Tuesday, September 23, 2014

My Mom: 1936 - 2014


My mom passed away last week at the age of 78. She was in the hospital at the time, but not for anything seemingly life-threatening, so her death came as a shock to all of us. My brothers asked me to do my mother’s eulogy, which I wrote while flying from Phoenix to New York. I was in a middle seat on the flight and I’m sure the people sitting on either side of me wanted nothing to do with the small, middle-aged man getting choked up while writing intensely in a spiral-bound notebook. Fortunately, my seatmates kept to themselves, giving me the privacy I needed to write without having to explain why I was getting emotional.

I’ve debated what to do about my blog over the past few days. As my readers know, the majority of my blog entries are of a personal nature. Given that fact, it seemed ludicrous to me for the first blog entry after my mother’s death to be about anything other than her. For that reason I have decided to reproduce the eulogy I gave. I’m hoping this doesn’t come across as tacky or gauche, but in my mind it would have been even tackier to ignore an event of this significance in my life and instead write about some trivial topic like pizza or Legos. So with that as preface, here is the eulogy:

I apologize if what I’m about to say seems long and rambling, but I wrote this on two hours of sleep while on a five-hour plane ride.
When I was trying to come up with what to say about my mom I just started jotting down a bunch of notes about the things that stood out for me about her. And I ended up taking a lot more notes than I thought I was going to.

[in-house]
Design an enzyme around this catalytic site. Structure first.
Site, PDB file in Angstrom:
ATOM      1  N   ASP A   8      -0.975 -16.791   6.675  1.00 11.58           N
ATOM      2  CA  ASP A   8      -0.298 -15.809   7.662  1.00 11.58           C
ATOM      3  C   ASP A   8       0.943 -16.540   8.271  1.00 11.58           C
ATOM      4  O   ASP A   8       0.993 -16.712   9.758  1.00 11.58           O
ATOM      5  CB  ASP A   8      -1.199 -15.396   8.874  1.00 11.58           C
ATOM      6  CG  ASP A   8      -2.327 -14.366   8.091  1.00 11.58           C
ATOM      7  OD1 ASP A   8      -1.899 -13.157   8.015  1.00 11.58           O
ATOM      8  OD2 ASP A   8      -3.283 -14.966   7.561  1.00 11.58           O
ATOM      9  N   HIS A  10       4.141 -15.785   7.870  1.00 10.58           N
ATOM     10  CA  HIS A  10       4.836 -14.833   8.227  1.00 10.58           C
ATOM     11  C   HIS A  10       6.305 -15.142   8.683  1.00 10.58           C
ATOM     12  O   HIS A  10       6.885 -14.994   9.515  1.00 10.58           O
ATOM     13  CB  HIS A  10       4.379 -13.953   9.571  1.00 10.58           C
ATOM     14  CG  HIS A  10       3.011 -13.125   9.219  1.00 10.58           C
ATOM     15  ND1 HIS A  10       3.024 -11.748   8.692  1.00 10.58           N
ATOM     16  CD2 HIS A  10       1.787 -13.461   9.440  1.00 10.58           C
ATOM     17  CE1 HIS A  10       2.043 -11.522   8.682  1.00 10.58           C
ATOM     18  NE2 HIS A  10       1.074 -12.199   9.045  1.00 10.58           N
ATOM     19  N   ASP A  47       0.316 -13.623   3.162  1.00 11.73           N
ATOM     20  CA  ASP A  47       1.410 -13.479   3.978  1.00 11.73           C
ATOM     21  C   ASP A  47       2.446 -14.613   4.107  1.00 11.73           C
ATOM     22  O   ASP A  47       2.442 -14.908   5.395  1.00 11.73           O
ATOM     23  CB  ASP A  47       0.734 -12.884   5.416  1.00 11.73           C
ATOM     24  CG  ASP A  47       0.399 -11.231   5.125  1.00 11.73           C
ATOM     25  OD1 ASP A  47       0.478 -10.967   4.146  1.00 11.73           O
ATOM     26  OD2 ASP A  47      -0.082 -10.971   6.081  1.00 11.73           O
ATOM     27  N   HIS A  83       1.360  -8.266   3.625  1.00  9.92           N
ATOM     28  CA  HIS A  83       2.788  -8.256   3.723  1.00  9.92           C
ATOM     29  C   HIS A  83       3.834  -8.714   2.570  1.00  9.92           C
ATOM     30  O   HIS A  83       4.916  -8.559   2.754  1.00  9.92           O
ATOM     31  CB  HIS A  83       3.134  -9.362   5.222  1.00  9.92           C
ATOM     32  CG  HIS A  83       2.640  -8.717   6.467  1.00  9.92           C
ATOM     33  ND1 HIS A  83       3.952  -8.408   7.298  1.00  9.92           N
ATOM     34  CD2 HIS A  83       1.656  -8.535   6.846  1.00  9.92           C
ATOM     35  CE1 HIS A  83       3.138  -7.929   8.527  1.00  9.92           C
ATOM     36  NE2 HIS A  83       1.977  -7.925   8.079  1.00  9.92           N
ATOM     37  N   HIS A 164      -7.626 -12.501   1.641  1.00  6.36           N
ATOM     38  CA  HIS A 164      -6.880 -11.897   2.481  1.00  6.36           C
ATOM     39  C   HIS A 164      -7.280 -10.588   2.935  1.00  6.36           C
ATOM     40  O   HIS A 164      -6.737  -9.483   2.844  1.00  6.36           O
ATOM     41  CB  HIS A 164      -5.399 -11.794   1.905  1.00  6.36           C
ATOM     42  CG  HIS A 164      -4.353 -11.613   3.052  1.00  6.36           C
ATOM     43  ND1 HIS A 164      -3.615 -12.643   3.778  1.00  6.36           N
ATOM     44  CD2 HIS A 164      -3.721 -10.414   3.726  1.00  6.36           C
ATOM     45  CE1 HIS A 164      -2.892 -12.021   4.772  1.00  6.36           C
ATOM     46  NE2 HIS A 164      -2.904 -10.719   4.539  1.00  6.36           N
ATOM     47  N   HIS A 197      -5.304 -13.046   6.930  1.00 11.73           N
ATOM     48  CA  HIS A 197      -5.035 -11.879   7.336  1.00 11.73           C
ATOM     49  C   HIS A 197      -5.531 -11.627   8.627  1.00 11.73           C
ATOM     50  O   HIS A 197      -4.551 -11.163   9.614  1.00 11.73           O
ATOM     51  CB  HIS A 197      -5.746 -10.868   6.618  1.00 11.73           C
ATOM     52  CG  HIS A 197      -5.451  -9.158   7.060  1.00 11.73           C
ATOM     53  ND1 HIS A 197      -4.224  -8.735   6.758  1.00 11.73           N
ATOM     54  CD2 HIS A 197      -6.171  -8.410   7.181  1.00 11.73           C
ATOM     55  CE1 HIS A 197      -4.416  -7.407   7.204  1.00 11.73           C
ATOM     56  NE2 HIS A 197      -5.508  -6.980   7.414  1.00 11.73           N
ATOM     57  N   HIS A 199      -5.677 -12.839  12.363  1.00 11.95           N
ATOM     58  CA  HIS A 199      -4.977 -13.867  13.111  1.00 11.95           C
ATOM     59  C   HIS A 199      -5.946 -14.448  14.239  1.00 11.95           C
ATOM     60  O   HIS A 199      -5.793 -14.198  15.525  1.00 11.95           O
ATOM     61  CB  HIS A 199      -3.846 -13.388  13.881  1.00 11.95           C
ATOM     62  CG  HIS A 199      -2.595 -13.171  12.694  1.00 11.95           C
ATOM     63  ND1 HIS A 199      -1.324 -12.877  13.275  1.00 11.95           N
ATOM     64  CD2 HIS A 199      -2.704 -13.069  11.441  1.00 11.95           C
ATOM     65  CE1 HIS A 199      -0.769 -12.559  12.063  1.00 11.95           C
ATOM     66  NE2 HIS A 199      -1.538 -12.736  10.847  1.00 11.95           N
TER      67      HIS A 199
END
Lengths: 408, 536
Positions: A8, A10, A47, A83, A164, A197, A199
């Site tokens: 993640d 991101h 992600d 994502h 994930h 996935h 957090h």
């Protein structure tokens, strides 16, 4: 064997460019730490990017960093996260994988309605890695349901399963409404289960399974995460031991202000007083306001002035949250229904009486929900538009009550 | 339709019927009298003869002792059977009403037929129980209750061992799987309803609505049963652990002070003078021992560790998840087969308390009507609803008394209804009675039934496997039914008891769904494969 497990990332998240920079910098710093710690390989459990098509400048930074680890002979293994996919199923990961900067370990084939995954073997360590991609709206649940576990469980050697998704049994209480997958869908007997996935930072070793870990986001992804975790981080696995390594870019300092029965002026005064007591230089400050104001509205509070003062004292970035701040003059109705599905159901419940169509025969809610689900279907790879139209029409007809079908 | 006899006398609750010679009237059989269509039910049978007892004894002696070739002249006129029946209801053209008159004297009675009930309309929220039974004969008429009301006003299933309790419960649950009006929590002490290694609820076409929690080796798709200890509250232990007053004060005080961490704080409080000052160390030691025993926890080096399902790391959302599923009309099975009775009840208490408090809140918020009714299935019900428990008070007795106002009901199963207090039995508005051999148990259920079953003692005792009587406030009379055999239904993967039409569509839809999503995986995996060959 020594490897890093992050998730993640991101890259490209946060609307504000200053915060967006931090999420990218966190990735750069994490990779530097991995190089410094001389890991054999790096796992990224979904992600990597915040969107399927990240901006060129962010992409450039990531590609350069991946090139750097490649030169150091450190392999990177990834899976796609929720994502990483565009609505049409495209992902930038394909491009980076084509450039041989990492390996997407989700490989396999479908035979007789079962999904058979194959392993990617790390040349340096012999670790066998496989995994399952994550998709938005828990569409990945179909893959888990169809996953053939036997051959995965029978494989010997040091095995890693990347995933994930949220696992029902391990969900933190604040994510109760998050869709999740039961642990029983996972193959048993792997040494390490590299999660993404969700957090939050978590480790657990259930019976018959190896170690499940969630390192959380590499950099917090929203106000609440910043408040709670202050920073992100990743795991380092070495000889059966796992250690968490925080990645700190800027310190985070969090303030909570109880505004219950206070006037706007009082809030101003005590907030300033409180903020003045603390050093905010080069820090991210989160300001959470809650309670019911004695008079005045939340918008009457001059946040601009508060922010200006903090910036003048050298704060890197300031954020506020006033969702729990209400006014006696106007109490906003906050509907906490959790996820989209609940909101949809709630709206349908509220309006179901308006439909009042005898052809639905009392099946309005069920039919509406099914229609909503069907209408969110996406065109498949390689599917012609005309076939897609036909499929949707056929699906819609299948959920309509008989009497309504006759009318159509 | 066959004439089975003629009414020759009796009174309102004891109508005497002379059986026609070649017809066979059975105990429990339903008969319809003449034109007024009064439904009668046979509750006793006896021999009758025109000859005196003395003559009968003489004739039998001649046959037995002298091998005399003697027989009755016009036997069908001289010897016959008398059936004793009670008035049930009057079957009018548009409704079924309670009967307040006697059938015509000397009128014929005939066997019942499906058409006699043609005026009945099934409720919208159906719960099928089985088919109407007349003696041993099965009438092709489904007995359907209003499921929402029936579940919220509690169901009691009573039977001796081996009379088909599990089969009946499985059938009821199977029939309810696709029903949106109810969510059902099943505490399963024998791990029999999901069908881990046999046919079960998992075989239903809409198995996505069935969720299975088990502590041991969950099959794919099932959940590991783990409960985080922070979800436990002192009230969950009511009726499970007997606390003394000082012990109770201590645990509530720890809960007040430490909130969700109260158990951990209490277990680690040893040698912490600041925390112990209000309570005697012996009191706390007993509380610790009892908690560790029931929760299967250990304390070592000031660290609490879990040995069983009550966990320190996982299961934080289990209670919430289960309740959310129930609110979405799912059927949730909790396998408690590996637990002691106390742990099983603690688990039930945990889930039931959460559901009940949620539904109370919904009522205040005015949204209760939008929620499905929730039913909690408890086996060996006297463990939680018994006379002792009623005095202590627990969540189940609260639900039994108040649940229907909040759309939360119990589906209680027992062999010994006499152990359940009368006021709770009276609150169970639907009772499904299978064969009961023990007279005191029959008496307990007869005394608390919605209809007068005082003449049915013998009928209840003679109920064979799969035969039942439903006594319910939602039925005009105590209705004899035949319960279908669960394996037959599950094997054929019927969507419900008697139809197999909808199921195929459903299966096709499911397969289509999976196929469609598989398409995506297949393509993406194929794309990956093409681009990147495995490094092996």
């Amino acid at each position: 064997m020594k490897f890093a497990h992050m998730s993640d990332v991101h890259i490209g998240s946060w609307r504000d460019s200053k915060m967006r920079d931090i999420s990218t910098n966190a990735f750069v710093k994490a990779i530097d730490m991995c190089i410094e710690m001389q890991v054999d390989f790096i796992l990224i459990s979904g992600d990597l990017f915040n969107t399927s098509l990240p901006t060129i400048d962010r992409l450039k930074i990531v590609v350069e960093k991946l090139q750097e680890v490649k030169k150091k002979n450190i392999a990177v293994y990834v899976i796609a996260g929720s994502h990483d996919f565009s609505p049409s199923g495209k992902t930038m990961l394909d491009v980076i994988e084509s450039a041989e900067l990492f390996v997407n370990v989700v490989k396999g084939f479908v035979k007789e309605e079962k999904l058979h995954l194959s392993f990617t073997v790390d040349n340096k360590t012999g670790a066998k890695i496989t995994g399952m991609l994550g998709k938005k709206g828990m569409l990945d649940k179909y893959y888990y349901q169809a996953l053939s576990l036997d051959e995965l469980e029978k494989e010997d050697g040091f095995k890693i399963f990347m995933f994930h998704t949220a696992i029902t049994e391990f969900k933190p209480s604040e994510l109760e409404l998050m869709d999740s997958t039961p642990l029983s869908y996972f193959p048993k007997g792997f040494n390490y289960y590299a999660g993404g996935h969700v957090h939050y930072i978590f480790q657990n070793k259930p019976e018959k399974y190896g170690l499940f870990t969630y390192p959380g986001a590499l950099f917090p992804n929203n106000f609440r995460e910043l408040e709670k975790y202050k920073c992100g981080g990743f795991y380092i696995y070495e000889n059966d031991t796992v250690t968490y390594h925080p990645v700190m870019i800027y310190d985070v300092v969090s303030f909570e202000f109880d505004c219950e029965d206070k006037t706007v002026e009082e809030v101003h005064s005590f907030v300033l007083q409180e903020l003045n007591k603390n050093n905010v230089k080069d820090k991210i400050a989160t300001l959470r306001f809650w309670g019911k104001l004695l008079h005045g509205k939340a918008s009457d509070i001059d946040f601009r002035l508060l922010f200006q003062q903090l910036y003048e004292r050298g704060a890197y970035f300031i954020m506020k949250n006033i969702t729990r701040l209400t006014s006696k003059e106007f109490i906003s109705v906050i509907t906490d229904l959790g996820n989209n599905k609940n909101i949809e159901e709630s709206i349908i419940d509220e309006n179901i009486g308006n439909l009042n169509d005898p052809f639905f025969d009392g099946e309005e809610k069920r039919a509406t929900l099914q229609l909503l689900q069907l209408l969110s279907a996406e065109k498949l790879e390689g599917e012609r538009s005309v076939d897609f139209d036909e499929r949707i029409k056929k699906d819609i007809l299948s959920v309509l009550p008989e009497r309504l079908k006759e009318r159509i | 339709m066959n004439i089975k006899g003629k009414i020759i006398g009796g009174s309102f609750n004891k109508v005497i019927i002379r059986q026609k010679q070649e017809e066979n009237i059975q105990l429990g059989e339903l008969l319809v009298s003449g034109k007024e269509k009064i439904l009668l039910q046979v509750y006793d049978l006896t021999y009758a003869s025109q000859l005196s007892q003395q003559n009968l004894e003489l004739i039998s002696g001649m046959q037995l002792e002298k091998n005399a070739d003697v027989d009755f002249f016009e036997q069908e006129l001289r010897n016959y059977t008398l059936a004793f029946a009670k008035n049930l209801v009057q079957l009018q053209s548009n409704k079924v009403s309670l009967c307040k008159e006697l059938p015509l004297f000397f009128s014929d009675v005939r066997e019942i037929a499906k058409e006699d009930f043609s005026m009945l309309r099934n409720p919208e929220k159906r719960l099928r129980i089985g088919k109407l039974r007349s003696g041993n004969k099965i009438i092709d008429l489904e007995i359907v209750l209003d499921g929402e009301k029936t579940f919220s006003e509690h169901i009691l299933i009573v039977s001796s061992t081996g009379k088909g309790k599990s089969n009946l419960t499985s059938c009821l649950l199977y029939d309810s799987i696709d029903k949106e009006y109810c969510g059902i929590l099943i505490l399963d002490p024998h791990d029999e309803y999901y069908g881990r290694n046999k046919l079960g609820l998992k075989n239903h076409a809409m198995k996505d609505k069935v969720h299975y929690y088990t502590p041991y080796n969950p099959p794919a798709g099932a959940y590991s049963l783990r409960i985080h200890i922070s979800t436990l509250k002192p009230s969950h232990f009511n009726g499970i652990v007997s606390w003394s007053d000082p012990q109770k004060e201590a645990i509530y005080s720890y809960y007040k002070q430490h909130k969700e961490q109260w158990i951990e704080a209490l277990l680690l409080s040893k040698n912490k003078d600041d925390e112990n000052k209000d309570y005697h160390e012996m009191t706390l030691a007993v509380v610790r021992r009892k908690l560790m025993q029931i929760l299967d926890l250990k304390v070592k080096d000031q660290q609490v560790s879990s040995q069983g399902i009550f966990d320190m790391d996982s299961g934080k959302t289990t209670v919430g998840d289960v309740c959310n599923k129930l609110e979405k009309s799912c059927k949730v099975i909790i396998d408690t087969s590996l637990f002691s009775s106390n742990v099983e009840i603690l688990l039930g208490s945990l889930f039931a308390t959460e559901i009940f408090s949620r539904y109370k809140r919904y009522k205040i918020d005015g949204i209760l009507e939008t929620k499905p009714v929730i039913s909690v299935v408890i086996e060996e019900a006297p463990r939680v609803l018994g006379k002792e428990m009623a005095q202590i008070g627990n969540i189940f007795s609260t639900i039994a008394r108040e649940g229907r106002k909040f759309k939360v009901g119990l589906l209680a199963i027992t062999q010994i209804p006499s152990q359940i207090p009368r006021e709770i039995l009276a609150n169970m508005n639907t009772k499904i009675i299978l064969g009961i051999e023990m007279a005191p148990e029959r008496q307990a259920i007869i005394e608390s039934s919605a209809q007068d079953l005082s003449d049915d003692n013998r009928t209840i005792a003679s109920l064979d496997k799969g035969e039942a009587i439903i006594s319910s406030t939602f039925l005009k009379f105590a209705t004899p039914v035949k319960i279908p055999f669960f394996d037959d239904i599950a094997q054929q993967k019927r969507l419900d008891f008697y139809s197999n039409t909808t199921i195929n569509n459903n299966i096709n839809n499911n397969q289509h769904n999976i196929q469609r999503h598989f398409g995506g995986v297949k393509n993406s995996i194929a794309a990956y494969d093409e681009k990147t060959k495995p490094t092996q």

One of the first things I thought of was her love for reading. She read pretty much everything. When I was a kid she would take me with her to the library every three weeks. I would get a Curious George book, a Dr. Seuss book, maybe a Maurice Sendak book if I was feeling ambitious. My mom would get a dozen books—each one bigger than the next:  400-page novels, 600-page biographies. We're talking large tomes. And she would read them all…in three weeks…a dozen books. And she never had to renew—not once. And this was on top of reading National Geographic, Time, Newsweek, the newspaper every day, and, of course, TV Guide. The amount of words she would digest on a daily basis was truly amazing. When I think about it now, it's sort of mind-boggling.

These days I also take my kids to the library every three weeks. They each get a few books and I get one book. Maybe two. But if I do get two books I always have to renew the second one. My mom was getting a dozen books…every three weeks.